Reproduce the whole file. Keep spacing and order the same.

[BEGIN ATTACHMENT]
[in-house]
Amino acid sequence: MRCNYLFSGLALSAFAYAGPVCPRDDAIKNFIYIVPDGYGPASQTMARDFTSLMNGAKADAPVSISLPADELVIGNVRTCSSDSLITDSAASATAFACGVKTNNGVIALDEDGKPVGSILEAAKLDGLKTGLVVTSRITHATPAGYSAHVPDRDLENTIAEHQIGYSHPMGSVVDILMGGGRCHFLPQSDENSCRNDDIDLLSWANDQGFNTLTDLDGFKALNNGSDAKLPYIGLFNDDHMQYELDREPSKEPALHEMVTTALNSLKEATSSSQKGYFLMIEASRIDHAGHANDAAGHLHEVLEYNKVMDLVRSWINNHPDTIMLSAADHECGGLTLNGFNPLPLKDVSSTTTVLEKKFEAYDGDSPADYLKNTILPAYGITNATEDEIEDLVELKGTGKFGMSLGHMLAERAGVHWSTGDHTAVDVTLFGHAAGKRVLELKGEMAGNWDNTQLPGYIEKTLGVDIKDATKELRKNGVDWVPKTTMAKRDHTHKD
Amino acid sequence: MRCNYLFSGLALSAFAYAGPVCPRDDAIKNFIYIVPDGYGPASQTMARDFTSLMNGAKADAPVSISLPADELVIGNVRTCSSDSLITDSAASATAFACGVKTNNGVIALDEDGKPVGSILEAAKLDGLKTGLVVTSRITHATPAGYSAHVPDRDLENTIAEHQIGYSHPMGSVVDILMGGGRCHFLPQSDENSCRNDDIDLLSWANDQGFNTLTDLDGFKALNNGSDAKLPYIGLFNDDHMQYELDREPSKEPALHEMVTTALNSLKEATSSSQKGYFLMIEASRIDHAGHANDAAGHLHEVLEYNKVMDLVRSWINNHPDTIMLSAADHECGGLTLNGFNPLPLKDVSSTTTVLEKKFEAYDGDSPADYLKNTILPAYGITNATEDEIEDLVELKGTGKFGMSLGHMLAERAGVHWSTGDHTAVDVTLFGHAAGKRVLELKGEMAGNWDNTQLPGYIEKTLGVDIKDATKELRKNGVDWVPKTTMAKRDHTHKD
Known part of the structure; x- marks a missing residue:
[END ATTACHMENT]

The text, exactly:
[in-house]
Amino acid sequence: MRCNYLFSGLALSAFAYAGPVCPRDDAIKNFIYIVPDGYGPASQTMARDFTSLMNGAKADAPVSISLPADELVIGNVRTCSSDSLITDSAASATAFACGVKTNNGVIALDEDGKPVGSILEAAKLDGLKTGLVVTSRITHATPAGYSAHVPDRDLENTIAEHQIGYSHPMGSVVDILMGGGRCHFLPQSDENSCRNDDIDLLSWANDQGFNTLTDLDGFKALNNGSDAKLPYIGLFNDDHMQYELDREPSKEPALHEMVTTALNSLKEATSSSQKGYFLMIEASRIDHAGHANDAAGHLHEVLEYNKVMDLVRSWINNHPDTIMLSAADHECGGLTLNGFNPLPLKDVSSTTTVLEKKFEAYDGDSPADYLKNTILPAYGITNATEDEIEDLVELKGTGKFGMSLGHMLAERAGVHWSTGDHTAVDVTLFGHAAGKRVLELKGEMAGNWDNTQLPGYIEKTLGVDIKDATKELRKNGVDWVPKTTMAKRDHTHKD
Amino acid sequence: MRCNYLFSGLALSAFAYAGPVCPRDDAIKNFIYIVPDGYGPASQTMARDFTSLMNGAKADAPVSISLPADELVIGNVRTCSSDSLITDSAASATAFACGVKTNNGVIALDEDGKPVGSILEAAKLDGLKTGLVVTSRITHATPAGYSAHVPDRDLENTIAEHQIGYSHPMGSVVDILMGGGRCHFLPQSDENSCRNDDIDLLSWANDQGFNTLTDLDGFKALNNGSDAKLPYIGLFNDDHMQYELDREPSKEPALHEMVTTALNSLKEATSSSQKGYFLMIEASRIDHAGHANDAAGHLHEVLEYNKVMDLVRSWINNHPDTIMLSAADHECGGLTLNGFNPLPLKDVSSTTTVLEKKFEAYDGDSPADYLKNTILPAYGITNATEDEIEDLVELKGTGKFGMSLGHMLAERAGVHWSTGDHTAVDVTLFGHAAGKRVLELKGEMAGNWDNTQLPGYIEKTLGVDIKDATKELRKNGVDWVPKTTMAKRDHTHKD
Known part of the structure; x- marks a missing residue: